Learn more about etvolare, HouseAu3, Eudaimonia and gandalf_socks

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Who wants a delicious roasted husband? LOL

This week, we’re going to learn more about etvolare, HouseAu3, Eudaimonia and gandalf_socks! Are you their readers? Make sure you check out their novels!

Also, be sure to follow us on our social media! Check out our red theme instagram account! It’s going to be orange next. 😉

Let us know in the comments below if you have any other questions!

 

Translator: etvolare

Current novel: Return of the Swallow

 

1. Tell us about yourself. How did you get into this field?

I ran away from finance XD

 

2. Did you choose to translate this novel? If so, why this one?

Return of the Swallow is one of my favorite novels. It’s a delicious package of smart/tough MC, scheming, characters in shades of gray, and a slow burn romance all wrapped up in one.

 

3. Use five adjectives to describe your novel

Filler-lacking, unexpected, heartaching, face-palming, and justice boners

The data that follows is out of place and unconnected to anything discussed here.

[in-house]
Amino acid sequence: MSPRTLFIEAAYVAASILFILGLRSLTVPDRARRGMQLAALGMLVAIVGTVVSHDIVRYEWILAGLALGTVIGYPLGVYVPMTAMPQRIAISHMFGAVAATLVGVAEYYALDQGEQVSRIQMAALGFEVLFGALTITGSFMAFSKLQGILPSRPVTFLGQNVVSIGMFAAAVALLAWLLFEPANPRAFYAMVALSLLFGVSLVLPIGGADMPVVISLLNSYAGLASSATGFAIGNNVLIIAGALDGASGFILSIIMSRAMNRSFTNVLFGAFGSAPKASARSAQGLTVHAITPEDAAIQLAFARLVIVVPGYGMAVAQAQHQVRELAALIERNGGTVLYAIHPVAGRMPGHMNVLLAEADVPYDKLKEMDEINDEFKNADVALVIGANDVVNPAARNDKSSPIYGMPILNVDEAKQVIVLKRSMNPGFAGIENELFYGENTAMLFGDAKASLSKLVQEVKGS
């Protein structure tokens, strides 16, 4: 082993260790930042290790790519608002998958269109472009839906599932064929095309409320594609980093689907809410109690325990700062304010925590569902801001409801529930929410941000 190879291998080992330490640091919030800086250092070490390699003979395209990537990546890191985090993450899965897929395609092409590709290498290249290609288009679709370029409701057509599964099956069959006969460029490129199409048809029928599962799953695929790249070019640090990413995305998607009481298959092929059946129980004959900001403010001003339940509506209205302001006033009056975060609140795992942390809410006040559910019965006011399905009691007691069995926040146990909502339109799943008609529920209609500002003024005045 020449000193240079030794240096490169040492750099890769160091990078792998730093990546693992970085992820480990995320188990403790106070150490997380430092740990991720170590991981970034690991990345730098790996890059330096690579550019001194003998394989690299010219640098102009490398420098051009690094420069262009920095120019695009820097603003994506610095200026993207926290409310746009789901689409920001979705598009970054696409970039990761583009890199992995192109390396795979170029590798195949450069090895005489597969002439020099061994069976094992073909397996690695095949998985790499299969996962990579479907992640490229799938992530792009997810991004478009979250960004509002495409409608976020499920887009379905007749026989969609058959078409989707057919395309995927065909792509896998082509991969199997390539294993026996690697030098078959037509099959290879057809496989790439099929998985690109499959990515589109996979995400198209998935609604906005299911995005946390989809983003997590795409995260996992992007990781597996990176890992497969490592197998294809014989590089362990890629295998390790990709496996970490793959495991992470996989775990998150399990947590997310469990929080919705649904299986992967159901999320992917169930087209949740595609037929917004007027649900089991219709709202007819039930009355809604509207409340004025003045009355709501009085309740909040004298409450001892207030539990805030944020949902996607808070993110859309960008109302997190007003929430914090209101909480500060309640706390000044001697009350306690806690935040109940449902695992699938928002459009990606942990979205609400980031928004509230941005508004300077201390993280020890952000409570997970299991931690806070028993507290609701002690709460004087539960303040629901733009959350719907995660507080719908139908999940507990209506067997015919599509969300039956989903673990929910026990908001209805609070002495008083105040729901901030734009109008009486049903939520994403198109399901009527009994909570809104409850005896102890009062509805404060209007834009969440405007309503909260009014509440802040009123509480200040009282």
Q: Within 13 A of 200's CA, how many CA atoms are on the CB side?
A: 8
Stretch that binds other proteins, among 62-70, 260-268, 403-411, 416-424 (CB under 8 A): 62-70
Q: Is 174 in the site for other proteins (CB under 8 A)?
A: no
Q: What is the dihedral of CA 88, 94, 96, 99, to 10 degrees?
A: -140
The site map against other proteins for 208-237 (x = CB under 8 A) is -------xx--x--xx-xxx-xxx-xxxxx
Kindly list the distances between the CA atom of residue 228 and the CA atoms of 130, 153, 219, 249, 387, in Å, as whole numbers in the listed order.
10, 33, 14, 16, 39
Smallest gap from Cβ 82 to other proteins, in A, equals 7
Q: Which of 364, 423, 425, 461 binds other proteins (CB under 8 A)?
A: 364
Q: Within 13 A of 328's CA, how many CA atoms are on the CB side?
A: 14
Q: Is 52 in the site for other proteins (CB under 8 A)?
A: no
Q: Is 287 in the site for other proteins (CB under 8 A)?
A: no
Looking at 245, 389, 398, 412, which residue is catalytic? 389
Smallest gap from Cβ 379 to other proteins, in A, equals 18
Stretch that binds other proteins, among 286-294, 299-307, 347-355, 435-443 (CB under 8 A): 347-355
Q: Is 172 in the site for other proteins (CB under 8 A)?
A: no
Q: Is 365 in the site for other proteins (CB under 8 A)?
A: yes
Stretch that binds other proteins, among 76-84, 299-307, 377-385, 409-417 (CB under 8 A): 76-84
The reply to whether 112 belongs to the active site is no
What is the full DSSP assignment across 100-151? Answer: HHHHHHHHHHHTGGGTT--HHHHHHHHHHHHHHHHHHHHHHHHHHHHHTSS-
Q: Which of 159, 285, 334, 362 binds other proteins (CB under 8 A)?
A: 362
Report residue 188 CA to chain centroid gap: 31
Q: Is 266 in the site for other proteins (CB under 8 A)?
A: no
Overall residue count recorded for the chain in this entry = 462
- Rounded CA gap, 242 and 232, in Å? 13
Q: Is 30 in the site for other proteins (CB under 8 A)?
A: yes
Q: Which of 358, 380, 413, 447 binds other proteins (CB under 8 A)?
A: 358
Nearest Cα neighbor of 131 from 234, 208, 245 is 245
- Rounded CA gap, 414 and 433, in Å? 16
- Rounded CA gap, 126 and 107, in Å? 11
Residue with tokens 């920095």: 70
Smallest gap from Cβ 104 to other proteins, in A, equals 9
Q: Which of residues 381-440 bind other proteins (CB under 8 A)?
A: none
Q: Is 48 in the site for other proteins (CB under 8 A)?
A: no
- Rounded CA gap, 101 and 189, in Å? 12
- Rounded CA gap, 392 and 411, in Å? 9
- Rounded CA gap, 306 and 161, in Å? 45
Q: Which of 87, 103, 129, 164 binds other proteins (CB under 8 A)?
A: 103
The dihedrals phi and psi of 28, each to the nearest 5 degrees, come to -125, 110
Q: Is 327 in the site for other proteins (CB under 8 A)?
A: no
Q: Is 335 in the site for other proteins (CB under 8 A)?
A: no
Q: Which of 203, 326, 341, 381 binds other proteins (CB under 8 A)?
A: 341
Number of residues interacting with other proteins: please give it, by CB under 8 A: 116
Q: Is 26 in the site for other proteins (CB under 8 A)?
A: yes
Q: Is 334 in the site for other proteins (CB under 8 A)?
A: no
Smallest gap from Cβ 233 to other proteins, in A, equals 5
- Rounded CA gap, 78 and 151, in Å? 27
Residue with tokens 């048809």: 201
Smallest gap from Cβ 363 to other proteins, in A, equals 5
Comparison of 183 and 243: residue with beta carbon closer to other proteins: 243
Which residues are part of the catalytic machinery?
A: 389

4. What advice would you give new aspiring translators out there?

Set modest goals. Look at the novel you want to do and pick one that’s half the length. Always seek to improve your writing.

 

5. Give us three of your favourite quotes from the novel

“A chaste woman marries not again and a servant serves not a second master”

Qin Yining cheerfully lifted the veil on her hat. “We might as well not live if we’re always concerned about what everyone else says. So many have already said bad things about me behind my back, some of it quite ugly indeed. Who cares? I should’ve hung myself long ago if I cared. They can pay attention to me if they want, and not if they don’t. We’ll all live our own lives, with no one sticking their noses in other people’s business.”

 


Translator: HouseAu3

Current novel: Phoenix Ascending